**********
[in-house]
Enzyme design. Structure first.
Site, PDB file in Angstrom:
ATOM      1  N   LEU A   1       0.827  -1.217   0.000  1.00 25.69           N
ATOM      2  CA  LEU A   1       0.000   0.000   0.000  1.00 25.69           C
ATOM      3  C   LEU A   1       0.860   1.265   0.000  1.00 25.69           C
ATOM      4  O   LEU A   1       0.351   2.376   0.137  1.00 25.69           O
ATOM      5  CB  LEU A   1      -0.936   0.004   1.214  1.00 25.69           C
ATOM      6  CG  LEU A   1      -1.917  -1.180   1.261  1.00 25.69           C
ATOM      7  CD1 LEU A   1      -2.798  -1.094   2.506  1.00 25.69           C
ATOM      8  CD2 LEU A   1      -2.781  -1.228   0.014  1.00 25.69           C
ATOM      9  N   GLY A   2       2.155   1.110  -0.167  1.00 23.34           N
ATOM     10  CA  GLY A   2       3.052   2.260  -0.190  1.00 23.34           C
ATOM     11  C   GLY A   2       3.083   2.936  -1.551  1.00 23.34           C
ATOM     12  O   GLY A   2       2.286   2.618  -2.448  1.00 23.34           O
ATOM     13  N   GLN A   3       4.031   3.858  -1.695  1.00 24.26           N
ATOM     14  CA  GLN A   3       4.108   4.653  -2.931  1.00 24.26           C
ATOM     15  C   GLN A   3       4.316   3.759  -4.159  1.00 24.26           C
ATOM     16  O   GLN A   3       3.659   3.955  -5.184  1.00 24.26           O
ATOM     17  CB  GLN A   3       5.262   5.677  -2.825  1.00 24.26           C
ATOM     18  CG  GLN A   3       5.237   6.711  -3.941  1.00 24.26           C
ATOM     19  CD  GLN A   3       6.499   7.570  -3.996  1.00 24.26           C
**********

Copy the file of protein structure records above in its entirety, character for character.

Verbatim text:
[in-house]
Enzyme design. Structure first.
Site, PDB file in Angstrom:
ATOM      1  N   LEU A   1       0.827  -1.217   0.000  1.00 25.69           N
ATOM      2  CA  LEU A   1       0.000   0.000   0.000  1.00 25.69           C
ATOM      3  C   LEU A   1       0.860   1.265   0.000  1.00 25.69           C
ATOM      4  O   LEU A   1       0.351   2.376   0.137  1.00 25.69           O
ATOM      5  CB  LEU A   1      -0.936   0.004   1.214  1.00 25.69           C
ATOM      6  CG  LEU A   1      -1.917  -1.180   1.261  1.00 25.69           C
ATOM      7  CD1 LEU A   1      -2.798  -1.094   2.506  1.00 25.69           C
ATOM      8  CD2 LEU A   1      -2.781  -1.228   0.014  1.00 25.69           C
ATOM      9  N   GLY A   2       2.155   1.110  -0.167  1.00 23.34           N
ATOM     10  CA  GLY A   2       3.052   2.260  -0.190  1.00 23.34           C
ATOM     11  C   GLY A   2       3.083   2.936  -1.551  1.00 23.34           C
ATOM     12  O   GLY A   2       2.286   2.618  -2.448  1.00 23.34           O
ATOM     13  N   GLN A   3       4.031   3.858  -1.695  1.00 24.26           N
ATOM     14  CA  GLN A   3       4.108   4.653  -2.931  1.00 24.26           C
ATOM     15  C   GLN A   3       4.316   3.759  -4.159  1.00 24.26           C
ATOM     16  O   GLN A   3       3.659   3.955  -5.184  1.00 24.26           O
ATOM     17  CB  GLN A   3       5.262   5.677  -2.825  1.00 24.26           C
ATOM     18  CG  GLN A   3       5.237   6.711  -3.941  1.00 24.26           C
ATOM     19  CD  GLN A   3       6.499   7.570  -3.996  1.00 24.26           C